Wednesday, June 28, 2017

Guest Post: 1977 and all that … Turning Rebellion Into Money?

It’s time for another Guest Post, where we welcome our good friend Porky to the everythingsgonegreen pigsty. Porky tries to claim he was “too young” for the first outbreak of punk, but he still has some thoughts about the legacy of 1977 and all that …

This year is the 40th year of punk, if you take your starting point as 1977, rather than 1976 or 1969, or even 1956.
Punk’s origins are less important, the essence is. The Sex Pistols’ anger, The Clash’s passion, the Slits female revolution, the Saints and Radio Birdman’s honest, upfront bad attitude, the Suburban Reptiles’ uncomfortable Auckland abrasiveness and Bad Brains’ fusion of hardcore punk and roots reggae. These and many other bands shaped music in a way that still has some authority today.
Punk was the kick up the backside music needed in the 1970s, the swift sweep of the broom to prog, American MoR, cockrock and novelty guff that permeated the airwaves and Top of the Pops at the time. Music had become the mere background to lavish costume designs, puerility and daft dances as style supplanted substance.
 It wasn’t just angry; it was political: whether from 1977 (Pistols, Clash, Adverts) to its younger siblings (Crass, Dead Kennedys, The Exploited), on through the ongoing revivalist acts such as NOFX and Rancid, punk has been resolutely anarchist, socialist, feminist, reggae-loving, anti-racist, eco-warrior, and opposed to conservatism. It’s the voice of the disaffected.  
And yet, four decades on, I feel a cold breeze feather my skin as I think of what punk has become. What exactly does punk mean anymore? Is it about rebellion or has it become a nostalgia it’s okay to like? Was it even radical in the first place, and just another phase that the music industry soon latched on to and exploited? Oh my, I never wanted to have these questions floating around in my head. I was too young for the first outbreak, but you didn’t have to live through the Punk War to know what it fought for, daddio. 
So now we have the ungainly sight of John Lydon becoming John Liedown. The antagonistic rebel typified the movement in 1976 when he reflected the views of millions of bored British teens, beaten-down by the threat of rising unemployment and austerity, with Thatcher’s ghastly ‘I’m all right Jack’ vision just an election away.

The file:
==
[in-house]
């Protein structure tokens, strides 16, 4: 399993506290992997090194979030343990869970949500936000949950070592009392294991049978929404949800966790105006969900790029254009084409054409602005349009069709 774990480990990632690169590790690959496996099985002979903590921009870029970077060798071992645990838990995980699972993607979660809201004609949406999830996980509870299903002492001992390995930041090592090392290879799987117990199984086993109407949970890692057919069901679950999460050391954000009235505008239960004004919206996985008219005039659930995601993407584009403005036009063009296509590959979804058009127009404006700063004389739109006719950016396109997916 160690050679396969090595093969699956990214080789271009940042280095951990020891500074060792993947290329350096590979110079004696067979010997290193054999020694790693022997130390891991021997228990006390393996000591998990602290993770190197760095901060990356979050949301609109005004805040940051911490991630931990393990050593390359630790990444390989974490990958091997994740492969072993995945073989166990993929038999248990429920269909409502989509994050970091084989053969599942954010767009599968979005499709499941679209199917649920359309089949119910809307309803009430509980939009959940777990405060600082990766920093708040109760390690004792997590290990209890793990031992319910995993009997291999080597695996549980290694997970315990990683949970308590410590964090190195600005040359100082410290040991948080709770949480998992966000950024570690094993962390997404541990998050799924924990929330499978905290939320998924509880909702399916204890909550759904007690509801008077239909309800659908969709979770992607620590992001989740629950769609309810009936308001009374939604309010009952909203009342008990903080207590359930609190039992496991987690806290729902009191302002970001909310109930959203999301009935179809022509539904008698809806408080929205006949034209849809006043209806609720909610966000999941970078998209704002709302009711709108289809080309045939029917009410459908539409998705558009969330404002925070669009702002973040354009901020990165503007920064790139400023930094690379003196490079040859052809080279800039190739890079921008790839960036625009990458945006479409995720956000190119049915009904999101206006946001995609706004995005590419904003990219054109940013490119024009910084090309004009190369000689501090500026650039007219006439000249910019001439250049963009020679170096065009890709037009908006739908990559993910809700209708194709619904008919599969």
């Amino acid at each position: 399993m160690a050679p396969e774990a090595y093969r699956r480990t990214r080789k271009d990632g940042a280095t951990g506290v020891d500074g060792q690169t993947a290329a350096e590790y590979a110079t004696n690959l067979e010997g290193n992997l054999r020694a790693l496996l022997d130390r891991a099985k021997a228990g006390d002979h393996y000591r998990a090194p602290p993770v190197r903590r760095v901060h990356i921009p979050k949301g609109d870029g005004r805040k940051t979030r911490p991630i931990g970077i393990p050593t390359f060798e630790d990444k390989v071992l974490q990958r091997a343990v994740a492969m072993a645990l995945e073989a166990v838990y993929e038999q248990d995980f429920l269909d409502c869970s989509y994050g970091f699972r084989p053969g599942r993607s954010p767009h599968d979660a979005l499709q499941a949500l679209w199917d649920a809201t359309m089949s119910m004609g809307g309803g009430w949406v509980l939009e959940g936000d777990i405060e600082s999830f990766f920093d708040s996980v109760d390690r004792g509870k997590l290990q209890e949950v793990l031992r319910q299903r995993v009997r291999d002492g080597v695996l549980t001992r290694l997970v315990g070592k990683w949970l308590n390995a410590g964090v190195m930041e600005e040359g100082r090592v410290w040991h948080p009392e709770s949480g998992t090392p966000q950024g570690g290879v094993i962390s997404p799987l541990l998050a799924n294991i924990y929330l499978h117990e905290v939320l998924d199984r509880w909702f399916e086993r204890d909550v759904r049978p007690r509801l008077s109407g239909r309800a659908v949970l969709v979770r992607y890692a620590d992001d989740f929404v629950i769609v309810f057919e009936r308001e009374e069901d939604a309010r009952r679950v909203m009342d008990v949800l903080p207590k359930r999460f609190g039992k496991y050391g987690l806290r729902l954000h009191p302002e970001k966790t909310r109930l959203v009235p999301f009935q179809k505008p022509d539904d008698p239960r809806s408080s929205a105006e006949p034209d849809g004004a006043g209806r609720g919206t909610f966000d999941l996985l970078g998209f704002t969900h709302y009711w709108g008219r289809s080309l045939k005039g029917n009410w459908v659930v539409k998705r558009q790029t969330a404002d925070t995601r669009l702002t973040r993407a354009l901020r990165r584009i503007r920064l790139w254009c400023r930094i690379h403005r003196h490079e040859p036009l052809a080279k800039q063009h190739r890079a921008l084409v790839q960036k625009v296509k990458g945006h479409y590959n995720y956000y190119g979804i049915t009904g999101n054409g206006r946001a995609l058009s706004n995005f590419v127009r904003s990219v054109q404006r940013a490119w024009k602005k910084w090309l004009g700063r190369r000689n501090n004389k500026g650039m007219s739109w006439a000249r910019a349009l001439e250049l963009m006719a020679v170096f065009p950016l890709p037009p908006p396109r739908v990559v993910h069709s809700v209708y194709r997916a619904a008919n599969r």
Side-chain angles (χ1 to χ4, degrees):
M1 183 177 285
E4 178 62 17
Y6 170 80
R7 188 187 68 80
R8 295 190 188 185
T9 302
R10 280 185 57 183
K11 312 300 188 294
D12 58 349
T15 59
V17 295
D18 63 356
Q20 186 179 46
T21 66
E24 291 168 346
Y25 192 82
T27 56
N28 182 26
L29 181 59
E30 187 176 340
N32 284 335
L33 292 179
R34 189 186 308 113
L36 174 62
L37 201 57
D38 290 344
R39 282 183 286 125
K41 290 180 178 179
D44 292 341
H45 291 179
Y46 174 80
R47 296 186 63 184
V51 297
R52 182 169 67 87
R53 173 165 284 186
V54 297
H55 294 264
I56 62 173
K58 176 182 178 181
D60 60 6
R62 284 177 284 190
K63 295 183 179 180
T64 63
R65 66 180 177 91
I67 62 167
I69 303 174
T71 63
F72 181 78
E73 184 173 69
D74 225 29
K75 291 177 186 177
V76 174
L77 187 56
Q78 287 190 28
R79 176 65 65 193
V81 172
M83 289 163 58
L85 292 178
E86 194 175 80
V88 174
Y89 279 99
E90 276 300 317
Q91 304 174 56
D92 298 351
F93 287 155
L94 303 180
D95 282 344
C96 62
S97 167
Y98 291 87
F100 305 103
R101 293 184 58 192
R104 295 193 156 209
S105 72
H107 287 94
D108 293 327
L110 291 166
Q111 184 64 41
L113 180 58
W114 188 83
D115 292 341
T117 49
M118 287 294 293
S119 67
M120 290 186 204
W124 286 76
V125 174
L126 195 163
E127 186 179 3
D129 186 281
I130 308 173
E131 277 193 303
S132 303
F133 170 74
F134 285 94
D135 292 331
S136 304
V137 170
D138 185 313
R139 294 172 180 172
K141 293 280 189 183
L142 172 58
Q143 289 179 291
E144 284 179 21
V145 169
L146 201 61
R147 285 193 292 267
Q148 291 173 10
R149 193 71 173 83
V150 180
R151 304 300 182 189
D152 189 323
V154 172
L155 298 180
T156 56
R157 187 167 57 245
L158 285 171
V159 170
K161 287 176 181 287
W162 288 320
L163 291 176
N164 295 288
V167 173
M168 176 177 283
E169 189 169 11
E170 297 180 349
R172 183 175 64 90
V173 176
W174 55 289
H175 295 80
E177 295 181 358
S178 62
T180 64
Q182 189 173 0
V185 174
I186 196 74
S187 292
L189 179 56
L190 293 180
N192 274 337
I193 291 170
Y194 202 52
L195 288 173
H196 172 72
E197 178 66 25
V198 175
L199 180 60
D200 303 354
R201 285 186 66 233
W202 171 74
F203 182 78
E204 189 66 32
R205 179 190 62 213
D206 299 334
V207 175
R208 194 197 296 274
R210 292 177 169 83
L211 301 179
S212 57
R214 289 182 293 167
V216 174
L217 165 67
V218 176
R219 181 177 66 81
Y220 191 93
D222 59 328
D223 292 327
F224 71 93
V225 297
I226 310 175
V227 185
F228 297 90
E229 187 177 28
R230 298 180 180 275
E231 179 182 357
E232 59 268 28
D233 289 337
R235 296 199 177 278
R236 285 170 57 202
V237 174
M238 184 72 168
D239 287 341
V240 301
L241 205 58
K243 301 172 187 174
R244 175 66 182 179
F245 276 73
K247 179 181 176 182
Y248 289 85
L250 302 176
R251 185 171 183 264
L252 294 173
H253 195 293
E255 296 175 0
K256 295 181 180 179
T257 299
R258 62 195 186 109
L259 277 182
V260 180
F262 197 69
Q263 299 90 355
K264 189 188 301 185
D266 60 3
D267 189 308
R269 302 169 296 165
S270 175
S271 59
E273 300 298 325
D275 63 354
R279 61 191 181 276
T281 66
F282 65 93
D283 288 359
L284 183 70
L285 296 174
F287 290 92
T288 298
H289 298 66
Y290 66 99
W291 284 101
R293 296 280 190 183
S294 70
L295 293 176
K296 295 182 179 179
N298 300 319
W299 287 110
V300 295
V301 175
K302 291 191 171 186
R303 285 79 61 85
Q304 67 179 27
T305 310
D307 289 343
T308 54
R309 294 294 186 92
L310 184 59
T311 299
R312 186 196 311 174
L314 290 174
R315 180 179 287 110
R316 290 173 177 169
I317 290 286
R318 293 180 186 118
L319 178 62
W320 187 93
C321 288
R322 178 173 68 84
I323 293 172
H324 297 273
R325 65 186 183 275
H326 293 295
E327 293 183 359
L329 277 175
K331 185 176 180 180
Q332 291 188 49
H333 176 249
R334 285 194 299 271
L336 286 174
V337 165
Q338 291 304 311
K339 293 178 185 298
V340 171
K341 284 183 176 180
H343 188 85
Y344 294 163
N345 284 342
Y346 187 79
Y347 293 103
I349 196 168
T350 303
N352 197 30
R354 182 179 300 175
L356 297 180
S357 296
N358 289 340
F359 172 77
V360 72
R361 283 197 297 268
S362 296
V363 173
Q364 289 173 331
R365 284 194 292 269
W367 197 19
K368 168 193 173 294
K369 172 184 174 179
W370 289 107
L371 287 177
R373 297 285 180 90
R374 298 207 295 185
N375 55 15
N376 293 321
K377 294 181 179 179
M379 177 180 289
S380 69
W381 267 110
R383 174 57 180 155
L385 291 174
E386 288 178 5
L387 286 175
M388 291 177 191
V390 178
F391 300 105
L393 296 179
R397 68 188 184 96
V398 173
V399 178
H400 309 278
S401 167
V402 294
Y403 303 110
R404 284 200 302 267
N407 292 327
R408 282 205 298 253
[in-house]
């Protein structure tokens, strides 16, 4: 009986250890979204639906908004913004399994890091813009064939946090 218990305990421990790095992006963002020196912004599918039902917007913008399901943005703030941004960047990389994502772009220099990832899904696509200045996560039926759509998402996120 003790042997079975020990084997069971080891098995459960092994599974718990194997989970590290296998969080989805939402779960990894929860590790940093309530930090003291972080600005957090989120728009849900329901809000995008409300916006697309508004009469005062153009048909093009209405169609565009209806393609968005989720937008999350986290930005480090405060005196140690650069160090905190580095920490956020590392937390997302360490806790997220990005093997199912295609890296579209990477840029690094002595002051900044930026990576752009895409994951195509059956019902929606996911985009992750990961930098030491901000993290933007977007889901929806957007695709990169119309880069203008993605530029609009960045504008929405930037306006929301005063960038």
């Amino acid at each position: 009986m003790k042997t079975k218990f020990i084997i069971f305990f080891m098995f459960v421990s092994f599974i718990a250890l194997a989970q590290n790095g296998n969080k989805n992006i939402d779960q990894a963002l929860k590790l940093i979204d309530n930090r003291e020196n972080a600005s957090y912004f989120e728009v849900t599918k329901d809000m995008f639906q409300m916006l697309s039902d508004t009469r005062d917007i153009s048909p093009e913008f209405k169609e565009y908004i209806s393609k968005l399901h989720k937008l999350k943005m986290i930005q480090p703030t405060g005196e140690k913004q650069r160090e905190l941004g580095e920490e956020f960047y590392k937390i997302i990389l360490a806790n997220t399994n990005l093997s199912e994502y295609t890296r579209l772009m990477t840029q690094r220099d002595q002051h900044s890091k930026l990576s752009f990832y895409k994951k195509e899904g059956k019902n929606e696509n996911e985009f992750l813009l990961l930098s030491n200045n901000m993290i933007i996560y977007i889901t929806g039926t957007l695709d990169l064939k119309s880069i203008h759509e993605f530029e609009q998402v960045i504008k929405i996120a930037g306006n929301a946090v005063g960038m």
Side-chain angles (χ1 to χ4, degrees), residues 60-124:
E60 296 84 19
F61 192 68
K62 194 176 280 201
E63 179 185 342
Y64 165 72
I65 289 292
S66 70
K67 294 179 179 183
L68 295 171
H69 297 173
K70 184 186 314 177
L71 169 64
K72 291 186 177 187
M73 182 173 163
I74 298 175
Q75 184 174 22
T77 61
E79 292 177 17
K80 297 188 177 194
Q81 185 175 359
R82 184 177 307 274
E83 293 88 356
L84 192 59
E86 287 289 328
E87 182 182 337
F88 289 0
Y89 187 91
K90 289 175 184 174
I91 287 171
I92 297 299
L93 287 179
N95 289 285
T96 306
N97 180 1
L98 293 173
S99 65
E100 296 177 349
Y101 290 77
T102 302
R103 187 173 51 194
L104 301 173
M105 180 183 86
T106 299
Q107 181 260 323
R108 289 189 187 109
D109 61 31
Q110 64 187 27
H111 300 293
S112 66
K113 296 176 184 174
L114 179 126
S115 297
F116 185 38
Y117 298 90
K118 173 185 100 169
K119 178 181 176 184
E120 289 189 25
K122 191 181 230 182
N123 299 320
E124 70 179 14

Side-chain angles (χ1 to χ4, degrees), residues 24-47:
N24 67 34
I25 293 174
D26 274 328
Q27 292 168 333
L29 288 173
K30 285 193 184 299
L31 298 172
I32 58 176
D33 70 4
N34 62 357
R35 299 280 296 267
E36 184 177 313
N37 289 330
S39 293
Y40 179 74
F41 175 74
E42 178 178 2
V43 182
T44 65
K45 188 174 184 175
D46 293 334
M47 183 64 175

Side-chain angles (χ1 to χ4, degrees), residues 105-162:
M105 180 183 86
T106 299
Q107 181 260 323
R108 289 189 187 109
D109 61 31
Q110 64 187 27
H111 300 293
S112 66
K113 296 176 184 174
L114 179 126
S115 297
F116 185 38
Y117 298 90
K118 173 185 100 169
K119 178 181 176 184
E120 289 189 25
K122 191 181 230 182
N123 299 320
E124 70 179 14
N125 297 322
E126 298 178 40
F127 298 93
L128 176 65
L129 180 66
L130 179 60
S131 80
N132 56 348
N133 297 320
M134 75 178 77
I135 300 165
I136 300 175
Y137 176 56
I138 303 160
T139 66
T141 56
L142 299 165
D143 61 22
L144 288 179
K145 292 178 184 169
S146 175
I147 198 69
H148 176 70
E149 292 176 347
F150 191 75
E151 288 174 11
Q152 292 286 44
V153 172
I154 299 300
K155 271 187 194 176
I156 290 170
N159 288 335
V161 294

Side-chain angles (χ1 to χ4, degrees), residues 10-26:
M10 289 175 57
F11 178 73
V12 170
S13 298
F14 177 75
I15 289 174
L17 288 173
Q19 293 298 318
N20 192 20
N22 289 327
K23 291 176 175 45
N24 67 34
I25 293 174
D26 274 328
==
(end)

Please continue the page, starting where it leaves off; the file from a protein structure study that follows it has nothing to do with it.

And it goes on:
John Lydon
 Now, Lydon is happy to reveal he thinks ex-UKIP leader Nigel Farage is fantastic, Brexit is good for the working class and that Donald Trump is a nice chap and not racist at all. Always an enigma, Lydon carefully crafted himself an image of the apolitical warrior, the man on the street who just wants to stick two fingers to the man. His latest comments seem to suggest he is part of the establishment, happy to promote New Zealand butter.
He is only one, of course, and I’m unaware of any other punks that have drifted to the right. Joe Strummer’s final gig was a benefit for striking firefighters, Jake Burns of Stiff Little Fingers remains resolutely anti-fascist, and most new punk bands retain some semblance of that bolshy youthful angst.
But what of one of my original questions, has, in the Clash’s words “turning rebellion into money” become a self-fulfilling prophecy?
Perhaps the answer lies in the actions of Joe Corre, the son of ex-Pistols manager Malcolm McLaren.
On a barge on London's River Thames late last year, the businessman set fire to his ₤5 million collection of punk memorabilia in protest against the commercialisation of the once-feared movement.
Joe Corre
Corre didn’t have anything to lose, he’s already rich, so the excessive worth of his pile of bondage trousers, bootleg recordings and trinkets would never have made a dent in his bank balance.
“Punk has become another marketing tool to sell you something you don’t need,” he said before striking a match to some Sid Vicious posters.
Who indeed is making money from the many punk special publications, the compilation albums and the books reflecting on the productive period from 1976-79 when anything seemed possible? I’d bet my prized copy of The Clash’s self-titled 1977 debut that the people that many punks hated are banking that filthy lucre.
But strip away all the exploitation and murky views and punk remains the one true musical revolution, when hating the British monarchy, opposing the fascist National Front, and wanting a riot of your own was not merely two fingers up to the establishment, it was the voice of an angry, youthful working class.
Now, fuck you. 

You want more Porky? ... you can find him here.

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